HTML 5 syntax

One advantage XHTML has over HTML is that it has simpler syntax rules. If you want your documents to validate you can’t pick and choose—you need to use lowercase for tag and attribute names, close all elements, quote all attribute values, and give all attributes a value.

Some find those rules restrictive. I find them extremely useful since they give developers less room for coding choices that are mostly aesthetic but make collaboration and maintenance harder and slower.

HTML 5 does not have the same syntax rules as XHTML. It allows you to pick and choose—you can mix tag and attribute case as you wish, quote some attribute values but not others, and leave out closing (and in some cases opening) tags for some (but not all) elements.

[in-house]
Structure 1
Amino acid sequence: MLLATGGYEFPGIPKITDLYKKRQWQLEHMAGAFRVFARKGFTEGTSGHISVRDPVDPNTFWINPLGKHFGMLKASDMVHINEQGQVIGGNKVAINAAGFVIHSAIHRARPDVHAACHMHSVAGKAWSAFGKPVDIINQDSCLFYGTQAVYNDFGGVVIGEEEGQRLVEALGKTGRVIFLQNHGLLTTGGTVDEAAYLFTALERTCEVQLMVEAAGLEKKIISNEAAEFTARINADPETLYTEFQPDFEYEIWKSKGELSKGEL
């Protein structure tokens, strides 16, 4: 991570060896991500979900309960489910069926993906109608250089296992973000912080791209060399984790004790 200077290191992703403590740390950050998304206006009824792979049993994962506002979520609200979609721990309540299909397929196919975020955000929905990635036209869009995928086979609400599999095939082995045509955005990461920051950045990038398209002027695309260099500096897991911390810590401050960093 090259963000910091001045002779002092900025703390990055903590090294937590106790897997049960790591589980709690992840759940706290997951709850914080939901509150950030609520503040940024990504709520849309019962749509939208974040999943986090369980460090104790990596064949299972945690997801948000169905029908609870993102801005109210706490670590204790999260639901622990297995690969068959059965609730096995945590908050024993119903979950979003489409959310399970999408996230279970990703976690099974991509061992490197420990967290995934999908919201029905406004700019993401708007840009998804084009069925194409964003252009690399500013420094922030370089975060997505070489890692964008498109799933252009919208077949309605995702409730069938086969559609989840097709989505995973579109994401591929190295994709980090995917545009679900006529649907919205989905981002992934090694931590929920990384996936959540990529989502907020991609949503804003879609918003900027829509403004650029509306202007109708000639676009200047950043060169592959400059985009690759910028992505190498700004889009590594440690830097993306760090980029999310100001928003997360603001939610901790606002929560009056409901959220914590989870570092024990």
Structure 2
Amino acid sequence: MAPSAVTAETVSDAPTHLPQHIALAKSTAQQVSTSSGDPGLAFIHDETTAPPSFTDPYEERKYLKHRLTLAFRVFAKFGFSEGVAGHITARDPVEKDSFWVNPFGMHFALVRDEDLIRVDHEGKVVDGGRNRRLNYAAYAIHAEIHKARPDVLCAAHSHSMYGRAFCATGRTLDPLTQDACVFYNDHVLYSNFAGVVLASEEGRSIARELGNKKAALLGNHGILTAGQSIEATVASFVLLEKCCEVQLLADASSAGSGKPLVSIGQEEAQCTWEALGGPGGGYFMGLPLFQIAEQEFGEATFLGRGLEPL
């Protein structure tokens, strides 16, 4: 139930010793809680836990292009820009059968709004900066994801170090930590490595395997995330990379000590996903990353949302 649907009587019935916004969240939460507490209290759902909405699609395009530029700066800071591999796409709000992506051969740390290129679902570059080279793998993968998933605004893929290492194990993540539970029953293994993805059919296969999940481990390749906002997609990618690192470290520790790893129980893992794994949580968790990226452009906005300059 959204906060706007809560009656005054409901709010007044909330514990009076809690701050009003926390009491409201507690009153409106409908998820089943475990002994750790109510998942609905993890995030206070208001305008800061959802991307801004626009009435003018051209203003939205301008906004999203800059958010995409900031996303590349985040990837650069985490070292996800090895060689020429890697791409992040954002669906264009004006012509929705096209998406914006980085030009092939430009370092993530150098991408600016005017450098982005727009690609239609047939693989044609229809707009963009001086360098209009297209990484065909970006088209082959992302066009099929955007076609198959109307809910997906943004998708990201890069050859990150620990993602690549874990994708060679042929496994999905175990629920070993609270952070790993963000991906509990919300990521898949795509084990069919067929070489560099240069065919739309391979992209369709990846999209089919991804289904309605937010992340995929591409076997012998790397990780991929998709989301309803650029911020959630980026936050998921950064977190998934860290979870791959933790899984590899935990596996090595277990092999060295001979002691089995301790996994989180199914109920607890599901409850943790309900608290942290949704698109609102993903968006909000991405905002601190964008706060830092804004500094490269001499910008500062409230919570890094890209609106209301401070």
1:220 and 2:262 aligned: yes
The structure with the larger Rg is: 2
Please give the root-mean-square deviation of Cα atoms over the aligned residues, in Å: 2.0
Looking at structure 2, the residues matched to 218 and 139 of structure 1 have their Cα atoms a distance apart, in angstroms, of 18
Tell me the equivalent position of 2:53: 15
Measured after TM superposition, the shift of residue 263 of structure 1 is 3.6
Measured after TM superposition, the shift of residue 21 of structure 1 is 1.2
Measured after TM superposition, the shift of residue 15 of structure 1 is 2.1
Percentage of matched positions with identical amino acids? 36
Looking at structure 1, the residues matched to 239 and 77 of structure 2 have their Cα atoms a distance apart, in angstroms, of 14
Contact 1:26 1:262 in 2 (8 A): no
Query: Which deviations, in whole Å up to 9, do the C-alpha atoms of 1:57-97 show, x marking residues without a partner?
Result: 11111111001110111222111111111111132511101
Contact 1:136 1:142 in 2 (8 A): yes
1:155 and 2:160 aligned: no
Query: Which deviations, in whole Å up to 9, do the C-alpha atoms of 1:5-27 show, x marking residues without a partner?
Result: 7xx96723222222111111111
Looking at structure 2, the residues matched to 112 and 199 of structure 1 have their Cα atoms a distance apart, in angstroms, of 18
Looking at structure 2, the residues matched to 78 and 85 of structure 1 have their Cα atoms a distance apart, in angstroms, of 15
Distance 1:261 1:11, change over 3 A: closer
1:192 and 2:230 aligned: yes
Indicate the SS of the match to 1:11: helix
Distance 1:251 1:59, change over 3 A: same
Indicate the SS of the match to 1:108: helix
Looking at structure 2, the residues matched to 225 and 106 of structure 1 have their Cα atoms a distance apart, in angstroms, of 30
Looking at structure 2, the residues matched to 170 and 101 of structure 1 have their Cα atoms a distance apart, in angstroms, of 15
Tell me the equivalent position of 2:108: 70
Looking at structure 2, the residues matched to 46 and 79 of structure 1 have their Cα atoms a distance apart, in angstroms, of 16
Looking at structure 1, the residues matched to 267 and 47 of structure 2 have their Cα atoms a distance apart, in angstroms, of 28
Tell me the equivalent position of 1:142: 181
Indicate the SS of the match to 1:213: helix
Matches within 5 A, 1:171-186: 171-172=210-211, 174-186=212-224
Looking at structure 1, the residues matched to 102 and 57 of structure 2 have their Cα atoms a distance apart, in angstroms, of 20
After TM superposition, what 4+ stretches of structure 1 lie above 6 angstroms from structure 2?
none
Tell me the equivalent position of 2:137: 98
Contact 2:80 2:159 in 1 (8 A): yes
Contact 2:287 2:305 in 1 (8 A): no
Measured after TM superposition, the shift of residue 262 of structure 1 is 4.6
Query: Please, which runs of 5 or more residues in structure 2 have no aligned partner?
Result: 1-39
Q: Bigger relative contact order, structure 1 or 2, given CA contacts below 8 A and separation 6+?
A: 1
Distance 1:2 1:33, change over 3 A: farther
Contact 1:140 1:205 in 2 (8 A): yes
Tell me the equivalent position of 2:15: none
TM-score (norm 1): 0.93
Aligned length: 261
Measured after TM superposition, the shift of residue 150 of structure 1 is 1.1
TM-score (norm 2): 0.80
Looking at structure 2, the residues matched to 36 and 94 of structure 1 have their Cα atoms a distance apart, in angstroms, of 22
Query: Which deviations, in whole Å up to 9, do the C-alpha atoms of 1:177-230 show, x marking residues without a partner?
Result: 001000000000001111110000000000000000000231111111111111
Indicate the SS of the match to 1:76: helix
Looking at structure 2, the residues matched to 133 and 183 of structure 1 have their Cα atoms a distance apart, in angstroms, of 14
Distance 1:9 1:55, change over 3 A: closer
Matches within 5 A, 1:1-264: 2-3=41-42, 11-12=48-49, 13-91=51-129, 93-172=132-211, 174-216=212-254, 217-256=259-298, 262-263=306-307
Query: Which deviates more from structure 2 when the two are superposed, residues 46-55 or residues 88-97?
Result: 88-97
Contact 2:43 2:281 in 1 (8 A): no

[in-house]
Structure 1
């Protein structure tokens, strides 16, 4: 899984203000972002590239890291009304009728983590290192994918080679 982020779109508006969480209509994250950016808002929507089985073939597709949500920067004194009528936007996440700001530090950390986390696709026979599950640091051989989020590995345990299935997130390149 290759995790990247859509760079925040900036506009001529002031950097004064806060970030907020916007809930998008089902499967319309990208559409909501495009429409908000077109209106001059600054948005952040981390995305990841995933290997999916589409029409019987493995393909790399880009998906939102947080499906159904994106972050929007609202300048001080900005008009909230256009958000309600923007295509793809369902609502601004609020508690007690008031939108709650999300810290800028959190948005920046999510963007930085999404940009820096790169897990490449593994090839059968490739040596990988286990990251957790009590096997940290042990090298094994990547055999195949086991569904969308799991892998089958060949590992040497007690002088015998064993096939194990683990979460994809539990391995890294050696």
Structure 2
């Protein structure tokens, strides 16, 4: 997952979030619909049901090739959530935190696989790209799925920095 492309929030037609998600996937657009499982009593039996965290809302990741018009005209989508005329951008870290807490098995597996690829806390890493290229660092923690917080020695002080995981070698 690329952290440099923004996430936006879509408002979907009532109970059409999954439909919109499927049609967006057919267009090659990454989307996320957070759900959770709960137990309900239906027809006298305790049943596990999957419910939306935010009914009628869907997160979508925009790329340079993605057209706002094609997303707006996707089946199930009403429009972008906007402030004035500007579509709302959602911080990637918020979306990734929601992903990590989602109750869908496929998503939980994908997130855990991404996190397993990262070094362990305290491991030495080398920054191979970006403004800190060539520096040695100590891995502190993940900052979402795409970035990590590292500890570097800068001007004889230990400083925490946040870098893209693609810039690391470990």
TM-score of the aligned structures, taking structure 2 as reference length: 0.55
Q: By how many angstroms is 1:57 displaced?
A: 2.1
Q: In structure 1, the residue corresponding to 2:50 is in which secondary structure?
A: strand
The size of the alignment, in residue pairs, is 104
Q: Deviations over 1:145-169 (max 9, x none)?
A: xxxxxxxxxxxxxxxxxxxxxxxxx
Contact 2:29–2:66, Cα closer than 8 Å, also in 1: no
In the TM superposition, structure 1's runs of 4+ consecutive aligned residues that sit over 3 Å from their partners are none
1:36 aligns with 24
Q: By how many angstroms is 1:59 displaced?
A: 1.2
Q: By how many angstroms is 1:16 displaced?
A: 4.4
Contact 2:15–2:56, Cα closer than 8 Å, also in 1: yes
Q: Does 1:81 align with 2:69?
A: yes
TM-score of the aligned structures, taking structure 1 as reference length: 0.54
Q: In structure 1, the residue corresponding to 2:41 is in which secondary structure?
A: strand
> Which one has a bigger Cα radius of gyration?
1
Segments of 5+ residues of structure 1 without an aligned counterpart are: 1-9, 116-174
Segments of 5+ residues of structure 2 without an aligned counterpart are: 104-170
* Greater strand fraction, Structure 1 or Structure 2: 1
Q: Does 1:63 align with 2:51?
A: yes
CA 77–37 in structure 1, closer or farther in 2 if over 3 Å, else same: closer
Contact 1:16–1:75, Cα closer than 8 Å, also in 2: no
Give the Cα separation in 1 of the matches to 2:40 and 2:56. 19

So once HTML 5 becomes a viable option, how can we avoid having teams of web developers spending their time discussing which syntax to use instead of working on the project their clients pay for?

Robert Nyman suggests some possible solutions in The HTML5 Syntax Options Problem, coming to the conclusion that the most realistic scenario is having an option for stricter syntax in the validator.

Another situation when having different markup options is confusing is teaching, which Lars Gunther describes well in Pedagogic validation of HTML. Since I do some occasional teaching I can relate to the examples he provides.

I think both of these scenarios—development and teaching—would be improved by having a “strict” or “XHTML-ish” option in the validator. Actually, if it was up to me I’d turn it around and make that the default option.

Posted on December 2, 2009 in HTML 5, Productivity